In 2015, during his presidential campaign, billionaire real estate tycoon Donald Trump infamously criticized U.S. Senator John McCain (R-AZ) by stating that he liked people who “weren’t captured.” McCain, the 2008 Republican presidential nominee, is widely known for his five-and-a-half years as a prisoner-of-war in North Vietnam after being shot down as a naval aviator. When running for Congress in Arizona in the early 1980s, following his retirement from the Navy, the son and grandson of admirals famously fended off charges of carpetbagging by explaining that the longest place he had lived was Hanoi. Having withstood enemy torture while serving his country, Naval Academy graduate John McCain quickly became a modern-day hero.
Trump had attacked Republican royalty, and most pundits thought he was done for. Amazingly, the bombastic reality TV star not only survived, but went on to win the party’s nomination. His feud with McCain continued, and the two have been at odds over issues ranging from immigration to Russo-American relations. It’s no secret that McCain, along with every other Republican presidential nominee since Ronald Reagan, thinks Trump is a buffoon who is unfit for the Oval Office. For his part, Trump probably views McCain as part of the corrupt and ineffective Washington establishment.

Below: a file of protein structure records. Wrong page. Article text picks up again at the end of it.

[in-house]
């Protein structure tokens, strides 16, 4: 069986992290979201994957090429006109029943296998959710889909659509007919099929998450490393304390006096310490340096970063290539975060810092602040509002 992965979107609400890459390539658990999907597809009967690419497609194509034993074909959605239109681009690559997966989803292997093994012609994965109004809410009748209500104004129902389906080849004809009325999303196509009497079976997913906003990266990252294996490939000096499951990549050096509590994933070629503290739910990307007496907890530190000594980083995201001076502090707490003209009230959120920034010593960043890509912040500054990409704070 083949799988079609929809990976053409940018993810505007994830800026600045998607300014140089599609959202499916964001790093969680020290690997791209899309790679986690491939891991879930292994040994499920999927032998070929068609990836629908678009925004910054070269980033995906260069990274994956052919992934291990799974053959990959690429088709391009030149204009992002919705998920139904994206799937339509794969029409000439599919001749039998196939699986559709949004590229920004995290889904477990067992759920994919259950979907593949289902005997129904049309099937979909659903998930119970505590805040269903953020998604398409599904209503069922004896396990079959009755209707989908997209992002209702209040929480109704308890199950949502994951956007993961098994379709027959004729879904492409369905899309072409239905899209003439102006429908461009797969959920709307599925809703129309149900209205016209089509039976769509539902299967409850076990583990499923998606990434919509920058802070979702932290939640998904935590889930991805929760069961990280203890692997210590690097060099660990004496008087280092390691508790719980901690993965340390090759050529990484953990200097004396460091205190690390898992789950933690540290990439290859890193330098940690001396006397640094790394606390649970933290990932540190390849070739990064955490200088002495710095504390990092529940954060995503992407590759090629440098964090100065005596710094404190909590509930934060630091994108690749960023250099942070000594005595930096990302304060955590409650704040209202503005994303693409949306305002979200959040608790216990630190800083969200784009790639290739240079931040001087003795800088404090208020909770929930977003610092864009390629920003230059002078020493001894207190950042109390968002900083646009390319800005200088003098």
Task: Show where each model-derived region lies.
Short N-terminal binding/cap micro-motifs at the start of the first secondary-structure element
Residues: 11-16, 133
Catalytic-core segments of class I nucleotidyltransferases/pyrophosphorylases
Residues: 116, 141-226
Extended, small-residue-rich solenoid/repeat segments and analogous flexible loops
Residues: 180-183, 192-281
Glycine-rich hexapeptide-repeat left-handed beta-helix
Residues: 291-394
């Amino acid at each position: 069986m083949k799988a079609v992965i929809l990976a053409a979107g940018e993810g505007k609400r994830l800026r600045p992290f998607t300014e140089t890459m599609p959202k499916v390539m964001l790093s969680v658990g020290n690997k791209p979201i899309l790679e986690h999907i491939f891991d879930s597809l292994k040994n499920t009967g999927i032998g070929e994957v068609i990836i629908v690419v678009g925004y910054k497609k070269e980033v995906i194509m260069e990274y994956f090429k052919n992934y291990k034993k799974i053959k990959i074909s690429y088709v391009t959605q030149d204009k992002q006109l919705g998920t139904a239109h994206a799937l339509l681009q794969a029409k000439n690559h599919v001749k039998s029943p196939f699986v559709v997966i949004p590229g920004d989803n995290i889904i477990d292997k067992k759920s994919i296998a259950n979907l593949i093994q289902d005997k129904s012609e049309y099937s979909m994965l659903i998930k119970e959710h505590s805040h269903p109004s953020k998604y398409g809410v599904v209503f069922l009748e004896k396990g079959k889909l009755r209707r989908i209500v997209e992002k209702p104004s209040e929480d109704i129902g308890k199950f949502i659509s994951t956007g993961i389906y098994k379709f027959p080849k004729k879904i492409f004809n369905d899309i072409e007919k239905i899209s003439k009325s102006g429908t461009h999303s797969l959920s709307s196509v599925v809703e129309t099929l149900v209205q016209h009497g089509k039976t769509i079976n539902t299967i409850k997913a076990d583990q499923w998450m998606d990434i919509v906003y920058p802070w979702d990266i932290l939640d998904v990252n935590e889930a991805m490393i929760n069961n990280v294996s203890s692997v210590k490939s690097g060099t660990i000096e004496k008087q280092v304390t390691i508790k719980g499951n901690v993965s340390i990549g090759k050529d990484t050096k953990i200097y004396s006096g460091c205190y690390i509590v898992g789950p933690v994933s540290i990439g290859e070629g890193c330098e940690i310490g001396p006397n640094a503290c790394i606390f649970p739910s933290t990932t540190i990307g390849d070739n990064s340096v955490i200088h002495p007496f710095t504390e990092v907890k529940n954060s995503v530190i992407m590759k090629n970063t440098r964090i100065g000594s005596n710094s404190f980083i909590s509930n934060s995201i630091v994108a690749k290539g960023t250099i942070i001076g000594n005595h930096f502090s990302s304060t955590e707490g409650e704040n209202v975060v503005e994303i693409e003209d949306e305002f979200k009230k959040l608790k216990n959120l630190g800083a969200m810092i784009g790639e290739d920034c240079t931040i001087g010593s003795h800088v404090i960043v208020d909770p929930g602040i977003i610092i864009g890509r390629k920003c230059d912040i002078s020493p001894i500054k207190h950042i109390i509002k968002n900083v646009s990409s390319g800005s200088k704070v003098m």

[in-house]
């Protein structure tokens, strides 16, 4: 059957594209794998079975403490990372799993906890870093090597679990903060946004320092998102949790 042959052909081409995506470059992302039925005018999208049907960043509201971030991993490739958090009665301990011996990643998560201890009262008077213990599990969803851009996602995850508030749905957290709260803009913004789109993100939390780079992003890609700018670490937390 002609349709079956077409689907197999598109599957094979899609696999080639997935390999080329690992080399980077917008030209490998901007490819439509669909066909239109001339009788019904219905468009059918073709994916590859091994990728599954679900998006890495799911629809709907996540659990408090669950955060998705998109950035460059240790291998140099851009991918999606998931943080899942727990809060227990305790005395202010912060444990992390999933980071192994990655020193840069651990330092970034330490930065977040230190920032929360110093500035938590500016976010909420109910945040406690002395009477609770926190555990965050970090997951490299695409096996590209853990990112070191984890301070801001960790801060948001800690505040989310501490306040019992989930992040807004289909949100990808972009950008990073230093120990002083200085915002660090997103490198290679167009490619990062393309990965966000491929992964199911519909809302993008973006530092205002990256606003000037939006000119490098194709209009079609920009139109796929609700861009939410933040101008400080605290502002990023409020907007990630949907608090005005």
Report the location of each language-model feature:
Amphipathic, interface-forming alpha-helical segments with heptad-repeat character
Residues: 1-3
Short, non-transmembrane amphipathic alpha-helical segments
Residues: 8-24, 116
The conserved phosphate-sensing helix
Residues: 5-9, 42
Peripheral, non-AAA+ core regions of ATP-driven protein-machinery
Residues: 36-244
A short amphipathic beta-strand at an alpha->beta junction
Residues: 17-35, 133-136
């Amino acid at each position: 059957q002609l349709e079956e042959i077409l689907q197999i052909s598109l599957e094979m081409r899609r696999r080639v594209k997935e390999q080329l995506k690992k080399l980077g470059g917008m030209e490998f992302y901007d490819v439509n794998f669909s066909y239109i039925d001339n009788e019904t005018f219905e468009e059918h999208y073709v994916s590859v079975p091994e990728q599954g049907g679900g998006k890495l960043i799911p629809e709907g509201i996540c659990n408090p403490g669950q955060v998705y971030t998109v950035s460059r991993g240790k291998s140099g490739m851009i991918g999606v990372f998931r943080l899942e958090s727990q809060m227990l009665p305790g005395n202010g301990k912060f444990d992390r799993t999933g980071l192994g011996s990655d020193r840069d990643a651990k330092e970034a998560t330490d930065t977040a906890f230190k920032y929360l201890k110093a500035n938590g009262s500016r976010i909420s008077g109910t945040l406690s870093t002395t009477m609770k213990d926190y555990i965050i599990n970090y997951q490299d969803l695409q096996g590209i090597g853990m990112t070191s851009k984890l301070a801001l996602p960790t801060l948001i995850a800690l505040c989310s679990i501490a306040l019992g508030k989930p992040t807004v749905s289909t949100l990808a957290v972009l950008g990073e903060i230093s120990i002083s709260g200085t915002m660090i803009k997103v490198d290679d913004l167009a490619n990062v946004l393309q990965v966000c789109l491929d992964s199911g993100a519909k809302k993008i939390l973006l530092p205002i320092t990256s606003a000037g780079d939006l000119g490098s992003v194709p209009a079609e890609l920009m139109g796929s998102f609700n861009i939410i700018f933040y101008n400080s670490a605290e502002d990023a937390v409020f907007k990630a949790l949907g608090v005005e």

But the two conservative titans agree on one thing: Military spending.
Controversially, President Trump has publicly declared that he wants to boost American military spending by a whopping 10 percent for the next fiscal year, adding $54 billion to the Pentagon’s budget. Since Trump will not increase taxes, the jump in defense spending is intended to be paid for by sharp cuts to civilian federal spending. Outside of federal law enforcement, which gets a similar bump in funding compared to the military, all civilian agencies are expected to “tighten their belts.”